Will the government create fiscal space to make a massive bank recapitalization possible? Or will it fall back on financial engineering?
Any strategy to deal with the worsening banking crisis involves the three stages of recognition, resolution and recapitalization. The third element has not yet got the attention it deserves in public debates. Reserve Bank of India governor Urjit Patel did well last week to highlight the need to bolster the capital of the Indian banking system. Extra capital will be needed when banks take large haircuts to bring the book value of the problem loans closer to the economic value.
Two issues deserve mention in this context. First, the money that has been provided till now by the government in the budget is inadequate. So will the government create fiscal space to make a massive bank recapitalization possible? Or will it fall back on financial engineering by floating recapitalization bonds that banks subscribe to?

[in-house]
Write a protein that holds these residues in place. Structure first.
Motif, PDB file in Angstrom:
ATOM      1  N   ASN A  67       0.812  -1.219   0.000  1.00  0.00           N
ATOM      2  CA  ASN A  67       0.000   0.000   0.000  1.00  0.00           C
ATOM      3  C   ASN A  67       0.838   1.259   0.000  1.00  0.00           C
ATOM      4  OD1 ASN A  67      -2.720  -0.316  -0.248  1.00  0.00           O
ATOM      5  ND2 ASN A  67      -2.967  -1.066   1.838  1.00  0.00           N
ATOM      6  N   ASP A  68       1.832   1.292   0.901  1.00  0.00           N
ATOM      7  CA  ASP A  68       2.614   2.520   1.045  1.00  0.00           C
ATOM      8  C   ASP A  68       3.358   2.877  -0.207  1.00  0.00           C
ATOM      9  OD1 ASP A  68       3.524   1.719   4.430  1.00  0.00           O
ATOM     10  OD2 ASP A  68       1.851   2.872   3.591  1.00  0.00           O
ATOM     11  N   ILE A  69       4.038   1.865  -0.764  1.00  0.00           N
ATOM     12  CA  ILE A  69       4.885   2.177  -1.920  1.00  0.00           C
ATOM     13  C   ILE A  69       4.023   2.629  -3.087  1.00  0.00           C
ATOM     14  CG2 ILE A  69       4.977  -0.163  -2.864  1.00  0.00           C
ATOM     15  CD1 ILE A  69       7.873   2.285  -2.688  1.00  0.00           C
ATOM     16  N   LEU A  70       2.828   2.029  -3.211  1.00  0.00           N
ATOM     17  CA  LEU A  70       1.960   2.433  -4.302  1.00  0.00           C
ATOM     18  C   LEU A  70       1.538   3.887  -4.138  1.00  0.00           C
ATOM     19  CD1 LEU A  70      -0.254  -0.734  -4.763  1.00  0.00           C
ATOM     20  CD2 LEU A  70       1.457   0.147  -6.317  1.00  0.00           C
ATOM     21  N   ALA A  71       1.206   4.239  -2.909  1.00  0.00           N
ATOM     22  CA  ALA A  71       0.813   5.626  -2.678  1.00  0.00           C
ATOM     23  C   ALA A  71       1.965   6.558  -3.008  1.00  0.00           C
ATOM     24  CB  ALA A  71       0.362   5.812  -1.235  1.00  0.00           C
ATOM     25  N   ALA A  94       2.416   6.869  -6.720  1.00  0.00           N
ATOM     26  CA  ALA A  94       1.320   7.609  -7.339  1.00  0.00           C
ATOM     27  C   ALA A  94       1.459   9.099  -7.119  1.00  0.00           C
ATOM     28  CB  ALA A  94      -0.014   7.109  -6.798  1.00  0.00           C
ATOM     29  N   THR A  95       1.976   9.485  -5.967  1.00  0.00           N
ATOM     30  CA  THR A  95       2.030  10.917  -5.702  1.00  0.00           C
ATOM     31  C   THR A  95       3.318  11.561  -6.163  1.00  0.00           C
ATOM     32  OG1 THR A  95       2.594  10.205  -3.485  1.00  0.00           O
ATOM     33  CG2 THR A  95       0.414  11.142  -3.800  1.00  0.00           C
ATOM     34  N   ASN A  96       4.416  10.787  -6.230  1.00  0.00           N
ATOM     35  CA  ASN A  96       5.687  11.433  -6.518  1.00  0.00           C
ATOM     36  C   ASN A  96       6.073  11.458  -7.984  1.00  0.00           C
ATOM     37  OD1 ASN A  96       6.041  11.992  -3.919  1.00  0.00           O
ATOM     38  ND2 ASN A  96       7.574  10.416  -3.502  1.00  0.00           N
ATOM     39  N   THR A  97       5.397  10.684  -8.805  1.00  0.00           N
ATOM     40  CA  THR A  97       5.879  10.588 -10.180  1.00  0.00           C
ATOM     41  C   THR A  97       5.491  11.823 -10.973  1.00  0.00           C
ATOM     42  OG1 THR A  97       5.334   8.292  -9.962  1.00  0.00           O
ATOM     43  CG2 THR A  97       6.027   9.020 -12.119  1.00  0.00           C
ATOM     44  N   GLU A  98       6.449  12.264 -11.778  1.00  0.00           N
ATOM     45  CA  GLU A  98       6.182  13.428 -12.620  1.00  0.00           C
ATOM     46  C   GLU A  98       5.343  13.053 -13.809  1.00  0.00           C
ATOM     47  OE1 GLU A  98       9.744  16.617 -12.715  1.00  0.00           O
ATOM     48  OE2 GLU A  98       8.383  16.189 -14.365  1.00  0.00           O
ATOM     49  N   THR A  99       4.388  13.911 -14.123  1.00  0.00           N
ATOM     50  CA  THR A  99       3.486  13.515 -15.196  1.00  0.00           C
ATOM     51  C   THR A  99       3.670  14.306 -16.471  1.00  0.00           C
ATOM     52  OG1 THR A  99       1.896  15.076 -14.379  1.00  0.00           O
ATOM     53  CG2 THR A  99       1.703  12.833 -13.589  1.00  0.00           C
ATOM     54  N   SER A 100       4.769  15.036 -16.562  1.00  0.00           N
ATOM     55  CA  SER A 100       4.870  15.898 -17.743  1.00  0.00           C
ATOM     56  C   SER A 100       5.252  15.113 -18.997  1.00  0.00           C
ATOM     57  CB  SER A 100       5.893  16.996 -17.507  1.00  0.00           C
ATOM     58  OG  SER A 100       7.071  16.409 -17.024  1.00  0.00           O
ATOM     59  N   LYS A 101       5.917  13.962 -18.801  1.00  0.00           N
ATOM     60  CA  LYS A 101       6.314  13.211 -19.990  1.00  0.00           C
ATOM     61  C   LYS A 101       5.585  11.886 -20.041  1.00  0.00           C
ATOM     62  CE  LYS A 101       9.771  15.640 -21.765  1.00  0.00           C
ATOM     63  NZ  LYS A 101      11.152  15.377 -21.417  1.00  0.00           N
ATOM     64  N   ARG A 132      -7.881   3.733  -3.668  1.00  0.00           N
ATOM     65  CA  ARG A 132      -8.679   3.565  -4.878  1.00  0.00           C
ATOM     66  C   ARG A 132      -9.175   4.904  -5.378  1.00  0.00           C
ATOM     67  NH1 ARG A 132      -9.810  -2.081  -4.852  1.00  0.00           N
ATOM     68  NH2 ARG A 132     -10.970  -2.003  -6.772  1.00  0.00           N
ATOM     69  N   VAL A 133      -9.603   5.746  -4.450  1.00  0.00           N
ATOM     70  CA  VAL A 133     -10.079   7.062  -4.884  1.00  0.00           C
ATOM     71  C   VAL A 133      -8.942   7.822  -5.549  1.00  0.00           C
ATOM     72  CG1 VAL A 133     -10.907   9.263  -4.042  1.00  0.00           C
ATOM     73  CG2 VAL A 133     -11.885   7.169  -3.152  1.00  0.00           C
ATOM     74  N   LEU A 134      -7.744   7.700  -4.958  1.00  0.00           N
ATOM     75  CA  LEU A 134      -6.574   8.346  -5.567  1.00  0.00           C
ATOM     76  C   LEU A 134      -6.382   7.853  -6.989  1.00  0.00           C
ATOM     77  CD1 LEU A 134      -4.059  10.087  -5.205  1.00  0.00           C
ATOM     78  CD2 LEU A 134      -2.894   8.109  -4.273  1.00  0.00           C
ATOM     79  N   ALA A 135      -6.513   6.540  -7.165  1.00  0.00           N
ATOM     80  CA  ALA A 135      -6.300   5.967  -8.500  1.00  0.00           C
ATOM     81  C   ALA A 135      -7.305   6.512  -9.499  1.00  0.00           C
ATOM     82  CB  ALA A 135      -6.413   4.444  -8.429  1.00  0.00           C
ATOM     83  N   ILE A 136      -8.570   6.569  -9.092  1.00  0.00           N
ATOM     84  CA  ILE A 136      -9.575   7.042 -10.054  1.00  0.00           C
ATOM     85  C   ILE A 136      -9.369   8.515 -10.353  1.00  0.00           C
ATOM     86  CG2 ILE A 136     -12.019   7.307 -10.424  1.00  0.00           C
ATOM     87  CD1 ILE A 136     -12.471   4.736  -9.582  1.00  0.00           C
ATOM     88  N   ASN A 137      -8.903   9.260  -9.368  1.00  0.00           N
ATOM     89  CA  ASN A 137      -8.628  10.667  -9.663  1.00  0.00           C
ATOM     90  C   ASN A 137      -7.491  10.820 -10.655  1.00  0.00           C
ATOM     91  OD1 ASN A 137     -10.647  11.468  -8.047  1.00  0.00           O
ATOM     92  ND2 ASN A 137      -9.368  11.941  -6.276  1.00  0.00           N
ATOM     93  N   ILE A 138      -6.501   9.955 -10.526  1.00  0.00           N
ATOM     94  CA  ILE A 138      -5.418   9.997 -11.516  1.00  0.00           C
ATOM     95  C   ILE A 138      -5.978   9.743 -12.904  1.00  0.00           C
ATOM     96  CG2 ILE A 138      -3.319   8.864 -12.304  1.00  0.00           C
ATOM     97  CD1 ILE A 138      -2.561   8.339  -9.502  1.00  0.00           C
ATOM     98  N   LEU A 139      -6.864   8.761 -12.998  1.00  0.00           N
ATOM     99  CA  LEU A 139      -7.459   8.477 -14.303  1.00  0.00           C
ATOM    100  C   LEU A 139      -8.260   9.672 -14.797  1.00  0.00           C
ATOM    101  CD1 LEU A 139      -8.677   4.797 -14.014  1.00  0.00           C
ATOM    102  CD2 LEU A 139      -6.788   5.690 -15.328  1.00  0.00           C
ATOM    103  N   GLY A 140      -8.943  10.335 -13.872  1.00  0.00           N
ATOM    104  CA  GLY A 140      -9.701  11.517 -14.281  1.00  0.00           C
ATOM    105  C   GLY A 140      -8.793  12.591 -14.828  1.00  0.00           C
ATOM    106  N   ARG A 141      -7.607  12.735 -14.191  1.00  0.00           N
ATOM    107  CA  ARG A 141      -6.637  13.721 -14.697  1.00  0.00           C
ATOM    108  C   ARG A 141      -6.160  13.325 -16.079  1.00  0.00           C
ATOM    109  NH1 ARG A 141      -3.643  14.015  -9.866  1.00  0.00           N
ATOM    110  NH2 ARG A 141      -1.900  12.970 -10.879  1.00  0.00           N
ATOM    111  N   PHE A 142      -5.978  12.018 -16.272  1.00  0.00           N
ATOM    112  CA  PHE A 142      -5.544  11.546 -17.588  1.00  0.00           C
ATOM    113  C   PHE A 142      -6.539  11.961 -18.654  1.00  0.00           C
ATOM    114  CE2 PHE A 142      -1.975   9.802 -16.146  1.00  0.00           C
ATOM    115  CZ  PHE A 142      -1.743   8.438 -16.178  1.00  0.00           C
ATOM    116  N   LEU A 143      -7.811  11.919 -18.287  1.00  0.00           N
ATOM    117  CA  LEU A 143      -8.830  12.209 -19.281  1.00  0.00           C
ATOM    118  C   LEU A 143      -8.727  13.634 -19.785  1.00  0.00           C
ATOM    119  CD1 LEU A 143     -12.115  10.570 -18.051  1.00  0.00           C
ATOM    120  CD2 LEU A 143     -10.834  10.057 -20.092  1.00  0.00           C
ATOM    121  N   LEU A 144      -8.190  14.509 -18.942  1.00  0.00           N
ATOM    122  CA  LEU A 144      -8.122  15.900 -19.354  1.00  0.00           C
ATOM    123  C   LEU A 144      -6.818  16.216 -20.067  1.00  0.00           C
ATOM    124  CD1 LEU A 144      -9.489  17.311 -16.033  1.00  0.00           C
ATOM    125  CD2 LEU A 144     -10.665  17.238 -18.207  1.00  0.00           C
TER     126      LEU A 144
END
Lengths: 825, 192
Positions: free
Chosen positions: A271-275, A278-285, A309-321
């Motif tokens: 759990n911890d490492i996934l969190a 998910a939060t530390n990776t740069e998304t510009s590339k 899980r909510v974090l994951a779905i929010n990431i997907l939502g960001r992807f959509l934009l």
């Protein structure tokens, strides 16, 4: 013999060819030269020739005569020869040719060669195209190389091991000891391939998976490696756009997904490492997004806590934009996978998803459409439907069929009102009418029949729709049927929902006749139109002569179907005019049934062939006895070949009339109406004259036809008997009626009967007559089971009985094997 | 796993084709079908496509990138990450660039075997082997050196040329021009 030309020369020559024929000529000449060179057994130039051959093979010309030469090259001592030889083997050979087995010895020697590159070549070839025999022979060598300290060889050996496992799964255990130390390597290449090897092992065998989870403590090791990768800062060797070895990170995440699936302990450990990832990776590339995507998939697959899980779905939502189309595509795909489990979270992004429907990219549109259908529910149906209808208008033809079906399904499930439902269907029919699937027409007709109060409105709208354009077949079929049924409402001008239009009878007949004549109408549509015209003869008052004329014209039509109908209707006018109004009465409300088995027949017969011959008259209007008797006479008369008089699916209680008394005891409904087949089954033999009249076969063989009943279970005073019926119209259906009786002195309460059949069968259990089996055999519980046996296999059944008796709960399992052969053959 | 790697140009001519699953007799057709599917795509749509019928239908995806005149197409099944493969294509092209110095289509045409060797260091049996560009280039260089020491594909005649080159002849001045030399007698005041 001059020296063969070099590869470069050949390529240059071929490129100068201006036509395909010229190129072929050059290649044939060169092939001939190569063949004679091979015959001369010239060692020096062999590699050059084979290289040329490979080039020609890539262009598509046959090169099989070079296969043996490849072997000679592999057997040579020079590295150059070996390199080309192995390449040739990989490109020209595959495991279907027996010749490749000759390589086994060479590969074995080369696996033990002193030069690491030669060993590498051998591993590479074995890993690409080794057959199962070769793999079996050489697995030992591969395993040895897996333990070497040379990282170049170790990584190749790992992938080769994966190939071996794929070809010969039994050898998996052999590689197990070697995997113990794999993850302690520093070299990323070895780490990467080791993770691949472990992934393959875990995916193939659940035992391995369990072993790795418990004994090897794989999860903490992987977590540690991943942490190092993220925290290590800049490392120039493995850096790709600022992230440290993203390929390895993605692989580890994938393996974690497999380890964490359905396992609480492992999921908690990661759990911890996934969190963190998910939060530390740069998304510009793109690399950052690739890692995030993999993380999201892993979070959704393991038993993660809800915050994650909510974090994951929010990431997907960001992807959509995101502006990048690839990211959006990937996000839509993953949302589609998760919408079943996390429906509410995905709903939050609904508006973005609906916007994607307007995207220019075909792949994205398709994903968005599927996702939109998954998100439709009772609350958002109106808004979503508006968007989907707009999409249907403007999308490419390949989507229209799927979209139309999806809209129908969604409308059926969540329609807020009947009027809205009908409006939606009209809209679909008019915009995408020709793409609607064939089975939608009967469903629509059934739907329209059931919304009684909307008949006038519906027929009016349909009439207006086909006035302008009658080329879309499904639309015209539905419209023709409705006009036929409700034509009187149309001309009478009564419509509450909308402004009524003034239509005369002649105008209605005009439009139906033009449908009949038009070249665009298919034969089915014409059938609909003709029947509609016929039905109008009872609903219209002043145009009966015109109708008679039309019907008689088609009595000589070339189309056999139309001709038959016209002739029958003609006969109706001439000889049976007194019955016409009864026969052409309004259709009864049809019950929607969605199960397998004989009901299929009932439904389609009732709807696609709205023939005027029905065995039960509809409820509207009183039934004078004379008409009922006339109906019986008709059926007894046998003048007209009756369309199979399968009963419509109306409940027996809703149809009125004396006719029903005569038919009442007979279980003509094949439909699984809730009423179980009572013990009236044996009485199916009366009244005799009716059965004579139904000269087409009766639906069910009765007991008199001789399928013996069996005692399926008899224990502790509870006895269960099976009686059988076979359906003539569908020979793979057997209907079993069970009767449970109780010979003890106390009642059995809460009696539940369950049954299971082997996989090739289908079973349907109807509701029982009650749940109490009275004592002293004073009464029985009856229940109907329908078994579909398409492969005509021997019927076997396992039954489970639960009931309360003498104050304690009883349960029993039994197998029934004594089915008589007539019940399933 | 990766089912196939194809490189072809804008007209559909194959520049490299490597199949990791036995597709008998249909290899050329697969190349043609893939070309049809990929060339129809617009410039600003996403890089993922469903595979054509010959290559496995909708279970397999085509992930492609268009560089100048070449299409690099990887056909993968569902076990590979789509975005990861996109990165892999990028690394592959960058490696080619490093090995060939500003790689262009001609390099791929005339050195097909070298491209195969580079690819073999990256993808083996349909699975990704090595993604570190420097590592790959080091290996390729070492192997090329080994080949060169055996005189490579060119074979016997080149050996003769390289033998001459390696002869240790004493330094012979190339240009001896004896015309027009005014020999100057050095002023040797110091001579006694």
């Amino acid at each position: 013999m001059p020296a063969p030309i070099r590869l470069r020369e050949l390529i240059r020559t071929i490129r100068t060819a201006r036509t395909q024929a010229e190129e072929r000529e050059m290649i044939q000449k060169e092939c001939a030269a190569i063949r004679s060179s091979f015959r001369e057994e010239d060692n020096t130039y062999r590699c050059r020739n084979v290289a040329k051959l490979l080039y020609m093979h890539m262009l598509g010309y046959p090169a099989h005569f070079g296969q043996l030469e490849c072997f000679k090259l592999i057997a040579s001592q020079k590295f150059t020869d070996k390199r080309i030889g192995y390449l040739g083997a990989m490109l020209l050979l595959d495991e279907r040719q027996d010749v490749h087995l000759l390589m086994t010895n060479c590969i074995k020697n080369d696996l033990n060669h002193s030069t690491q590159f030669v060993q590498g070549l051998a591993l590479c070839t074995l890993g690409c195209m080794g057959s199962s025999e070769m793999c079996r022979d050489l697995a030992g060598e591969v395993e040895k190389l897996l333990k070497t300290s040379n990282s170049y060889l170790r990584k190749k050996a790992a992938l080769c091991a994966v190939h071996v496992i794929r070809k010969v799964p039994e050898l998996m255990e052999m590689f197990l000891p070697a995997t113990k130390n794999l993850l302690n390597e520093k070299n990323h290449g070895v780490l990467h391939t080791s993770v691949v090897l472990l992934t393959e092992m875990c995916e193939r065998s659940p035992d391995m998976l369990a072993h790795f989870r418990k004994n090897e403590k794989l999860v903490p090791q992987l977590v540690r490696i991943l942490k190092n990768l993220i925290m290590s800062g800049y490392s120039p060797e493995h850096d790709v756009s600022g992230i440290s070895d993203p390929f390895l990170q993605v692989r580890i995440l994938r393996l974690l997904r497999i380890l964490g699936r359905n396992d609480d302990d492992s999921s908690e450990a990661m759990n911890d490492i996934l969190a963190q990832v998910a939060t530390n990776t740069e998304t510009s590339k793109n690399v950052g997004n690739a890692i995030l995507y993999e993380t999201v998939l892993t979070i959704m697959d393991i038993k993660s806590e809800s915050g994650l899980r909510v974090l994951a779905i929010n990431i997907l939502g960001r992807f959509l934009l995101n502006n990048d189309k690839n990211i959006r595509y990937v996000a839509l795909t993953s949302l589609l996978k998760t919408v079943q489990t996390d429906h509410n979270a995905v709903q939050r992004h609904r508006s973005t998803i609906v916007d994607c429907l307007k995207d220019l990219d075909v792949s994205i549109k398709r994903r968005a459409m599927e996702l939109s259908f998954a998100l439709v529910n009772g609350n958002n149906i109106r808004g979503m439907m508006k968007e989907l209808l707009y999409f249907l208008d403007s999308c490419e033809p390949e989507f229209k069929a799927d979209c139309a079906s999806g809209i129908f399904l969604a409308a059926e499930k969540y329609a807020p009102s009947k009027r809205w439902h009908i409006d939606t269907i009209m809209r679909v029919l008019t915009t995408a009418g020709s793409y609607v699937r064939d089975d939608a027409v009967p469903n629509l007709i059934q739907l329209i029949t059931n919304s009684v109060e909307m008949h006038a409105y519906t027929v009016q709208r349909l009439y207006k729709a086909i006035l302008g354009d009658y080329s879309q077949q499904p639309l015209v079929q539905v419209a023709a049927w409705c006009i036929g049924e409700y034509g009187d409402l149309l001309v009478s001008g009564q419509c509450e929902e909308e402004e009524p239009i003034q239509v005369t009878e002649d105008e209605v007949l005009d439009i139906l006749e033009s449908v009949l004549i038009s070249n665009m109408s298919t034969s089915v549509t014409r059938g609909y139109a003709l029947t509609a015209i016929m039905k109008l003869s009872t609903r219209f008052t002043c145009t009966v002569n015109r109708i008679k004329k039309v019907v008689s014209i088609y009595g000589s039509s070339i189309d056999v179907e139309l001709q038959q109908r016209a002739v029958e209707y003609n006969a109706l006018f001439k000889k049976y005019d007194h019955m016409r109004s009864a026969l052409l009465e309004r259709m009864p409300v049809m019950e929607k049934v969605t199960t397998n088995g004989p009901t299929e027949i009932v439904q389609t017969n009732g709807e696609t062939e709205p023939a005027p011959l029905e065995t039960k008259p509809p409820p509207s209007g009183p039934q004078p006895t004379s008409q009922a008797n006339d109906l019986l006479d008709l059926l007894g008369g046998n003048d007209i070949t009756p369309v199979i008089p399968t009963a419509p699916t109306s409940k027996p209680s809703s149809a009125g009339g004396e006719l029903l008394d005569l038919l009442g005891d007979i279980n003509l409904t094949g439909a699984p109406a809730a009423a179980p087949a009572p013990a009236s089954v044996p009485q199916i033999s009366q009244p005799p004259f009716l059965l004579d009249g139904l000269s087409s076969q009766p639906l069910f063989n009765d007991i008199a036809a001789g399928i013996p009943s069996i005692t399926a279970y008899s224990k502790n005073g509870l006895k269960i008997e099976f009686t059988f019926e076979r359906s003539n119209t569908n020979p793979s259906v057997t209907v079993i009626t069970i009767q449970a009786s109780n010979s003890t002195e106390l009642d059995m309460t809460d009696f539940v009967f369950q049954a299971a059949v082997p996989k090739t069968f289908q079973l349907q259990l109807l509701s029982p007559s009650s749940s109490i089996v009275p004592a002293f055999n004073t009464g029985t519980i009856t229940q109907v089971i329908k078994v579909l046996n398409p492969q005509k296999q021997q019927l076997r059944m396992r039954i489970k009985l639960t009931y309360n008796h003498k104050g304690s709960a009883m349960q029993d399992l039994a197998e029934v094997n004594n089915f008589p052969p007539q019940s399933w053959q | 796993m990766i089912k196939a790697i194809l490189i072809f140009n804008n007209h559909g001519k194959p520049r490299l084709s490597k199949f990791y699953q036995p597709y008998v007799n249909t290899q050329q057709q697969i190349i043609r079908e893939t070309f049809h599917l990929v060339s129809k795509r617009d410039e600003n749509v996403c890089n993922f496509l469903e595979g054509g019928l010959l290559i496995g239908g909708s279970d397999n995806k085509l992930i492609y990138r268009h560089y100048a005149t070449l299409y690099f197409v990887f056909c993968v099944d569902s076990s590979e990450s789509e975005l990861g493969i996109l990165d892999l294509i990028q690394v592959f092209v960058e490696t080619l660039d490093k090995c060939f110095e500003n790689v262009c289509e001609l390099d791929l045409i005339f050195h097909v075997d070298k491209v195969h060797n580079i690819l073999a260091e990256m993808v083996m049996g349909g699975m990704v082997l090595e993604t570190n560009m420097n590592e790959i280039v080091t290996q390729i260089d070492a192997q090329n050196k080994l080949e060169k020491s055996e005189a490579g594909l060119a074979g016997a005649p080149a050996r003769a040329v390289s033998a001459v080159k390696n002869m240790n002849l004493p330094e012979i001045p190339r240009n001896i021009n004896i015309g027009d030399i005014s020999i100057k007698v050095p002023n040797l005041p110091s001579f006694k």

Second, will money be given to public sector banks depending on their immediate capital needs or on the quality of governance? In other words, will good money be thrown after bad? The government should not create conditions for adverse selection.
There is a long battle ahead.
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